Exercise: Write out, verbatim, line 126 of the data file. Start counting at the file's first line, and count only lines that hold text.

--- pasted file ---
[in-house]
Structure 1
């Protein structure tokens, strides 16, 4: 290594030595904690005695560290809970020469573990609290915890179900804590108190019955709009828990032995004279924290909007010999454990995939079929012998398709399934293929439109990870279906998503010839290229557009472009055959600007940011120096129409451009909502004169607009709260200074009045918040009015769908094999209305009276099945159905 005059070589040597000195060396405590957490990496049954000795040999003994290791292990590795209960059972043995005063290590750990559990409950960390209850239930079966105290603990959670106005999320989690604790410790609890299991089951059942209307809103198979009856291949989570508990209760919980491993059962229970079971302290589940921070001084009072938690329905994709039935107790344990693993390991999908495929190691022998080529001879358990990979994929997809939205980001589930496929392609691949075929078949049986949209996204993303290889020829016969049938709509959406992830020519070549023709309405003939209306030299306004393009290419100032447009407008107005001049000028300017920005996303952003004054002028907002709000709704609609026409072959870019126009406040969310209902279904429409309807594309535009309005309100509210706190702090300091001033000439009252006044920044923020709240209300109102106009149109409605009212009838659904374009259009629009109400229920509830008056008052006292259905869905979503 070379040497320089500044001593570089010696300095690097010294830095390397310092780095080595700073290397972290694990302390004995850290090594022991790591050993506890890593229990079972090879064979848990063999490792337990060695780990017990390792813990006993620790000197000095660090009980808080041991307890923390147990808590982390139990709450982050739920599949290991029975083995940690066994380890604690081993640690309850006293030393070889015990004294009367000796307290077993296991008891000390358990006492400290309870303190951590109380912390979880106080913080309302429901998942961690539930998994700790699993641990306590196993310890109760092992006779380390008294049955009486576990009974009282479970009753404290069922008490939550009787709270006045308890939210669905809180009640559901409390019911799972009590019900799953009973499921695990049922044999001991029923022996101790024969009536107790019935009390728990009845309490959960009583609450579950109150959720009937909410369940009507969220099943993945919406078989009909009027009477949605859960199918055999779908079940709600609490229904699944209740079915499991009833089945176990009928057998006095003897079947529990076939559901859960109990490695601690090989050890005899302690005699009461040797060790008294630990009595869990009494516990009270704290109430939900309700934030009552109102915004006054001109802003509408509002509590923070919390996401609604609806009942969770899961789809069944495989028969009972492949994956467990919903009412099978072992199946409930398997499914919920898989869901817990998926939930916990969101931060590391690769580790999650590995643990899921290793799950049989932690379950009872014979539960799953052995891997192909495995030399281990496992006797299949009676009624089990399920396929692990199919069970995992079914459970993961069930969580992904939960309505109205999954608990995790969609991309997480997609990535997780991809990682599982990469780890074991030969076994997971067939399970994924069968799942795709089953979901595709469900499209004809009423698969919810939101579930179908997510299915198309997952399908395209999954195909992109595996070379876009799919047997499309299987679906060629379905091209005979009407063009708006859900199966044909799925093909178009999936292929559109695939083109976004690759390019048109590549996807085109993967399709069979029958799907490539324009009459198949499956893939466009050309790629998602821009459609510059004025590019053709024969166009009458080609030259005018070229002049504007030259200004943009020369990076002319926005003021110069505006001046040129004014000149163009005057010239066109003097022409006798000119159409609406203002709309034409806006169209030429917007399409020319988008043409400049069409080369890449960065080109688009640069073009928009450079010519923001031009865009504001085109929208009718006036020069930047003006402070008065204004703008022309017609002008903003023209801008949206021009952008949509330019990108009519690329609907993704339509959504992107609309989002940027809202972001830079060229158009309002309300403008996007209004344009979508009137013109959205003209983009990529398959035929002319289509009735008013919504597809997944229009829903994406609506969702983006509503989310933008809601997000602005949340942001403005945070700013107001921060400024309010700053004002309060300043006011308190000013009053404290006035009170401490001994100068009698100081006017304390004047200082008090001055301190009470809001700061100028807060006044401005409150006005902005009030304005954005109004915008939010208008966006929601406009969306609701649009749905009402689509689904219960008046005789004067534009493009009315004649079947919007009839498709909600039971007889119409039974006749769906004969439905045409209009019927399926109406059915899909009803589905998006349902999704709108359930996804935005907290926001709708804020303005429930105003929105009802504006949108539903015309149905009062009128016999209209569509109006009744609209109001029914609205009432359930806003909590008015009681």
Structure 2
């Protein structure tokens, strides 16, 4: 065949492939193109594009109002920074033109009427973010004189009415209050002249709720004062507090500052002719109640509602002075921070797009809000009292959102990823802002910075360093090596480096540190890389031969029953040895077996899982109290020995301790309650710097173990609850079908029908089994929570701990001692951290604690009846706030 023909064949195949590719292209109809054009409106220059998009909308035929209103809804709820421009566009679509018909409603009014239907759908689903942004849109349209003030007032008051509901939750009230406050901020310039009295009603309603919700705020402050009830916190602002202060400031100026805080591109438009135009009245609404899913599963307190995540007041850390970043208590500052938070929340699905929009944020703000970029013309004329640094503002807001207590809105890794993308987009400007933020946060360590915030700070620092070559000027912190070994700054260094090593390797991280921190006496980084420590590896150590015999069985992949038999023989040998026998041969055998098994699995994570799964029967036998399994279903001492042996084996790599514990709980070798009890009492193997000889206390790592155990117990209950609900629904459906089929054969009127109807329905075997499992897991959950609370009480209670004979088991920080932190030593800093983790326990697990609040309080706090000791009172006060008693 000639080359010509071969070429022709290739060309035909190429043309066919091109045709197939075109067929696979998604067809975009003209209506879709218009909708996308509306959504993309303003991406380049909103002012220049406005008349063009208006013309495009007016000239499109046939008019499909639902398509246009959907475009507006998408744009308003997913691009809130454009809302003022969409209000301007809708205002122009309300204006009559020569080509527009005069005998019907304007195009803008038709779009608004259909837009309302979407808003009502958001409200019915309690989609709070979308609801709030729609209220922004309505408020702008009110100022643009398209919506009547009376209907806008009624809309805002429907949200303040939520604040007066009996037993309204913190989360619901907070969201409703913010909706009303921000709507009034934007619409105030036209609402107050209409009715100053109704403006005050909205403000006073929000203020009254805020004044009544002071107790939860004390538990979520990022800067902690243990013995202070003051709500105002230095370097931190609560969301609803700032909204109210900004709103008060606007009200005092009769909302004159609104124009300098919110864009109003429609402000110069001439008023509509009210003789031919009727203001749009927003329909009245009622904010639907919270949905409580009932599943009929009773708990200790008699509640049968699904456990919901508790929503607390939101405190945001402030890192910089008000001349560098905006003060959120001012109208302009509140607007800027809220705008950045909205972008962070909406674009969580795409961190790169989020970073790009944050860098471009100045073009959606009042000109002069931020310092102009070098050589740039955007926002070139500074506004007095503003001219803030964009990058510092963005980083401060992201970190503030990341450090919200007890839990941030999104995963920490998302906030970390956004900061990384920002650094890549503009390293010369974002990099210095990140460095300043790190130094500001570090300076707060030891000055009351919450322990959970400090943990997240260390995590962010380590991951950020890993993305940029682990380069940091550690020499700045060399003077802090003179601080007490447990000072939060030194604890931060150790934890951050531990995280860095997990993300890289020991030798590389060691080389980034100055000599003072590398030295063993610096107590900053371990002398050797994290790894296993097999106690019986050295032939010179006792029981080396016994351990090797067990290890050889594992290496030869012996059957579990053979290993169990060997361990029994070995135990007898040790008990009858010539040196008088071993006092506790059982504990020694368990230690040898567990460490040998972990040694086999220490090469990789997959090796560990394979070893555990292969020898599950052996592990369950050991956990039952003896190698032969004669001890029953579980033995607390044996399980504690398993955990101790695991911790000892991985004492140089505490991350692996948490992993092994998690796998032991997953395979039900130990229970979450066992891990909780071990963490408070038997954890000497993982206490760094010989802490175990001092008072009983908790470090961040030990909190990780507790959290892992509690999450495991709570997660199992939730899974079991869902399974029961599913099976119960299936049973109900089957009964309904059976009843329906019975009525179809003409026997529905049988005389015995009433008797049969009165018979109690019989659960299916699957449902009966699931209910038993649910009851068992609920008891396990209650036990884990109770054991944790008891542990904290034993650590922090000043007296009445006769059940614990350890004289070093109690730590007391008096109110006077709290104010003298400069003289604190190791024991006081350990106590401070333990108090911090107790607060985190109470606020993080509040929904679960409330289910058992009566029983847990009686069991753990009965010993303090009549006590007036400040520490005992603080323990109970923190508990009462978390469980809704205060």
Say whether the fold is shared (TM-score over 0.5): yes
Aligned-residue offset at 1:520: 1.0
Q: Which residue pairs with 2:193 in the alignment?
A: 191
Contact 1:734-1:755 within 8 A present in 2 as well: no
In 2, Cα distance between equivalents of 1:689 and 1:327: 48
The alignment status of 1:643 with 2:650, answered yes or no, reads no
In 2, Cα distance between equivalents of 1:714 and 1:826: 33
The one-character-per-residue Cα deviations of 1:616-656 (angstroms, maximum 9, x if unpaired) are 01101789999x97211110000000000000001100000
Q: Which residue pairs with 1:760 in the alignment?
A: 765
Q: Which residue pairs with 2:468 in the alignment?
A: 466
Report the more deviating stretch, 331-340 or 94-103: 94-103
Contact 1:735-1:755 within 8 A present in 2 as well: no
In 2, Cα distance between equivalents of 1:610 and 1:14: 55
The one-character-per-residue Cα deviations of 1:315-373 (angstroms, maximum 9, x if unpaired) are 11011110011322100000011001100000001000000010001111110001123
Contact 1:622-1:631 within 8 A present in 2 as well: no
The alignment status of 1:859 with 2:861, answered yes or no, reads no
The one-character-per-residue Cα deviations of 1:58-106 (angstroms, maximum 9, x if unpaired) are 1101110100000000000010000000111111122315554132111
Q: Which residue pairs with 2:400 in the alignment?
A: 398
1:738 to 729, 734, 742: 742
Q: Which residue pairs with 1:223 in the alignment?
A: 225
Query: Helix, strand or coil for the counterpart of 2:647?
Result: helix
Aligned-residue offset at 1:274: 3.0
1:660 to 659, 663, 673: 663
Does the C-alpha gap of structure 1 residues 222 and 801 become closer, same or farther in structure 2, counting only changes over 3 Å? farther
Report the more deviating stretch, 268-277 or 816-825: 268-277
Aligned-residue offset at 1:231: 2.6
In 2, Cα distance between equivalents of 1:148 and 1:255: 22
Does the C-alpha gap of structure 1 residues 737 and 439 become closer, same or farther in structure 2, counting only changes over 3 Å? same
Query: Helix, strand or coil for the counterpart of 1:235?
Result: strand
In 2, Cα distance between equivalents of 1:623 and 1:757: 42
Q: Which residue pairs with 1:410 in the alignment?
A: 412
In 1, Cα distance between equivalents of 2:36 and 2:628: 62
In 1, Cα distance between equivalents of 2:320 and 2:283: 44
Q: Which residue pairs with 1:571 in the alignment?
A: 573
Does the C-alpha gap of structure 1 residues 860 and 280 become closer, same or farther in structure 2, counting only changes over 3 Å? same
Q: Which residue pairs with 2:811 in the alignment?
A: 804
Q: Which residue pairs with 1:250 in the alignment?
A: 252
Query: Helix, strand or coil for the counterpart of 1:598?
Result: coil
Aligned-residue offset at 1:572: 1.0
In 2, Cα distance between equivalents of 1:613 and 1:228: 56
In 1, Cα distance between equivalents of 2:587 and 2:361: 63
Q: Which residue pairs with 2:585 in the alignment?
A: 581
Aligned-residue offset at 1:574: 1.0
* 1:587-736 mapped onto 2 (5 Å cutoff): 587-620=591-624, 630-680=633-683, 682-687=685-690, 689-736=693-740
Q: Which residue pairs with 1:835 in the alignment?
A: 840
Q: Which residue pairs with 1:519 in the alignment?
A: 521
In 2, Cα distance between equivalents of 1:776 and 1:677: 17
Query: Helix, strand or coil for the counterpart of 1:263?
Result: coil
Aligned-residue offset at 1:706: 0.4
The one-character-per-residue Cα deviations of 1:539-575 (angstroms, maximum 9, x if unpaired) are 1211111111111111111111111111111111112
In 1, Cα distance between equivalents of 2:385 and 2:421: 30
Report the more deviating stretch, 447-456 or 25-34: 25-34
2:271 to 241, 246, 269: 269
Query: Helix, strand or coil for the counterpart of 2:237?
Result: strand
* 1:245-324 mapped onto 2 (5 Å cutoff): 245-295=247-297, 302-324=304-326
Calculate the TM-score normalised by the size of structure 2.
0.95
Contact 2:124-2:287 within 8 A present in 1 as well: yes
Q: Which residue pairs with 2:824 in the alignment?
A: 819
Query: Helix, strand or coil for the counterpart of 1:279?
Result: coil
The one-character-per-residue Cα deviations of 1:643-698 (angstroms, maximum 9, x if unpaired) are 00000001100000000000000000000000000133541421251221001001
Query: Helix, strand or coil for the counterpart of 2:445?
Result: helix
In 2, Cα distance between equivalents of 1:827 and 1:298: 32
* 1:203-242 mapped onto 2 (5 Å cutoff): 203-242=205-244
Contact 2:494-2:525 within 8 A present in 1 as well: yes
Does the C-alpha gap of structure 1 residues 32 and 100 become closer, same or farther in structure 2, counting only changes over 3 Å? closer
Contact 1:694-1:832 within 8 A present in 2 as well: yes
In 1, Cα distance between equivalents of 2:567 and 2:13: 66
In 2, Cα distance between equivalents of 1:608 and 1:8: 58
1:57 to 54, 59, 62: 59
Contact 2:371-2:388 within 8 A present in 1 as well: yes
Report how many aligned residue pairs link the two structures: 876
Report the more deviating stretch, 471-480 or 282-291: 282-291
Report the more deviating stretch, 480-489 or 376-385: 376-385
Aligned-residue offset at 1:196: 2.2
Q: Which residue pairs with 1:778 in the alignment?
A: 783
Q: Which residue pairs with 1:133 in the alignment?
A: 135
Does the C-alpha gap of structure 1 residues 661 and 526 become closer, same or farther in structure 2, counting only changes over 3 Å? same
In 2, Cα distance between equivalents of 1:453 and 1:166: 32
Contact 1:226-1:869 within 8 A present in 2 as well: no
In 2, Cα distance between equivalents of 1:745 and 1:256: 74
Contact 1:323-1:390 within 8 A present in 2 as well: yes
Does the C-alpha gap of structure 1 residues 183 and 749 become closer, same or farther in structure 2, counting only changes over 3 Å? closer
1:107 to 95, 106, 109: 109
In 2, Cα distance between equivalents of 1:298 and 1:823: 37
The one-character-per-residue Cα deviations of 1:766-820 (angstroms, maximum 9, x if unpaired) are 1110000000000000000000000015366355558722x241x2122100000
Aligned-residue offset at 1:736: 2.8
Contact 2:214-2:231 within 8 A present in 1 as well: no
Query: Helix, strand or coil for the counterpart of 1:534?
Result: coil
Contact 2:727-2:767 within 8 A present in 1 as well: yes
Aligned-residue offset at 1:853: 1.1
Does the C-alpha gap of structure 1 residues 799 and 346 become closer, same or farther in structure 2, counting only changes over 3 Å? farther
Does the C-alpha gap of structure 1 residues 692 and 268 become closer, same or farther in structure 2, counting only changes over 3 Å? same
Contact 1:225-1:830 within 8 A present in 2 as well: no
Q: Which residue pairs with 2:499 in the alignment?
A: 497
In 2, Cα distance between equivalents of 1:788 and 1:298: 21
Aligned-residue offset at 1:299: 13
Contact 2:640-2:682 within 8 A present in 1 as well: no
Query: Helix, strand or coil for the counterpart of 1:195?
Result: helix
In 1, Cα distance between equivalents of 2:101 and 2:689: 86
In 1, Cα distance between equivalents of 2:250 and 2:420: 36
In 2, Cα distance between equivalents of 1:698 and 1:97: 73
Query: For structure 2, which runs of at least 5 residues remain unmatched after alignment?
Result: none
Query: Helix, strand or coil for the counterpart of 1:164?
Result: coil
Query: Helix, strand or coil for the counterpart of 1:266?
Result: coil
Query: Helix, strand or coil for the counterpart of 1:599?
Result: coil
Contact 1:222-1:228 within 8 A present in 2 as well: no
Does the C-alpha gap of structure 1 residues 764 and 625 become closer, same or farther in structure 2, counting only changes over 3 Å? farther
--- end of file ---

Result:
Aligned-residue offset at 1:299: 13